In 1818, Russian General Alexander Yermolov built a series of forts along the Sunja River, including Fort Grozny, later the site for the capital of Chechnya. (”Grozny” in Russian means “threatening” or “terrible.”) Describing the Chechens to Tsar Alexander I as “savages,” Yermolov sent expeditions from Fort Grozny to destroy Chechen villages, burn crops and kill all who came in their way. Sufi warriors, led by the guerilla commander and religious leader Imam Shamil, avenged their kin and led revolts against Russian occupation of Chechnya and Daghestan in a campaign that would last for more than 25 years. A legendary military strategist, Shamil created a strict imamate that enforced Islamic laws and customs in the North Caucausus and managed to support a reserve army of 40,000 men. Resistance came at a cost, however. Historians estimate that between 1840 and 1859, Chechnya lost half of its population and its entire economy to the war with Russia. Shamil was finally forced to surrender to Russian troops in 1859.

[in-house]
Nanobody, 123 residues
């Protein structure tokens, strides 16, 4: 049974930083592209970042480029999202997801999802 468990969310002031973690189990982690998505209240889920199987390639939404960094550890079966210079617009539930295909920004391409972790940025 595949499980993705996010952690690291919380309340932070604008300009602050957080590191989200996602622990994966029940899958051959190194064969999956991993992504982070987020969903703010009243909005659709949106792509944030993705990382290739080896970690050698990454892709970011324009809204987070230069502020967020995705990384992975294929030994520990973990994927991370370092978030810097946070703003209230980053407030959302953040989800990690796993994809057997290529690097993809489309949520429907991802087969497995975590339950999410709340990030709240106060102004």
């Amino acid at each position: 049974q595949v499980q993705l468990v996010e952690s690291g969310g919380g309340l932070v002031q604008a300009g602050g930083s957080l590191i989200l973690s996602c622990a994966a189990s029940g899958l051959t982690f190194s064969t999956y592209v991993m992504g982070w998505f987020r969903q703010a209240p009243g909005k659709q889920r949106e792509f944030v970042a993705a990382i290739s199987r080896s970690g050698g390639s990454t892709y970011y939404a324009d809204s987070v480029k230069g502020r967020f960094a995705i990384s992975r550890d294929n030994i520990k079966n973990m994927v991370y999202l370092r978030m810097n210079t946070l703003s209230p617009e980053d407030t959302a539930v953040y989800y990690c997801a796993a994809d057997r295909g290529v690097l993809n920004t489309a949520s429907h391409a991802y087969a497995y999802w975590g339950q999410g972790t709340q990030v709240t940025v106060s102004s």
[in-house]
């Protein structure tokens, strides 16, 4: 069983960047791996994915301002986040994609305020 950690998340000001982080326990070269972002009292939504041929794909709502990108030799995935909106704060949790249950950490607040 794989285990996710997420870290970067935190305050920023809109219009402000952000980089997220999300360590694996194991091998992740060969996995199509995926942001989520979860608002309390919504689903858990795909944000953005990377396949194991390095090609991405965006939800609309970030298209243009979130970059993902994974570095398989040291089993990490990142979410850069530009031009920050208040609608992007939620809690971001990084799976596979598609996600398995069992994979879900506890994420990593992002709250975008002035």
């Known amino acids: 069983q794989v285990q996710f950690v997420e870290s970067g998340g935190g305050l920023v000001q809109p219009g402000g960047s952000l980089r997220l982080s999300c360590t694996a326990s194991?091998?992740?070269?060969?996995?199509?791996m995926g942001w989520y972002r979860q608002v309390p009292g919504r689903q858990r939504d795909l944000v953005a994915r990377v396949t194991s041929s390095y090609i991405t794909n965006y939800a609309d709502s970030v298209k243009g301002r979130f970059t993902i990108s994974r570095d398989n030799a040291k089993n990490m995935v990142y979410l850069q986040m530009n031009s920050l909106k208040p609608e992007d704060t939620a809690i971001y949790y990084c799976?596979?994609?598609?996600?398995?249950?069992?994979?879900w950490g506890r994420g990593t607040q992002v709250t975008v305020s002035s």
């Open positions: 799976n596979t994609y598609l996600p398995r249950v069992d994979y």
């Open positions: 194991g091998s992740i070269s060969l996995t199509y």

Upon defeat by Russia, Chechnya was incorporated into the Russian Empire. Thousands of Chechens were deported to Siberia. Nearly 105,000 sought haven in Turkey and other parts of the Ottoman Empire.
Did You Know?
Contemporary Russian impressions of Chechens remain shaped by the writings of such 19th century Russian poets as Mikhail Lermontov, who described them as a lawless people with a strong addiction to the kinzhal (traditional Chechen dagger) and blood vengeance. “Their god is freedom; their law is war,” Lermontov wrote.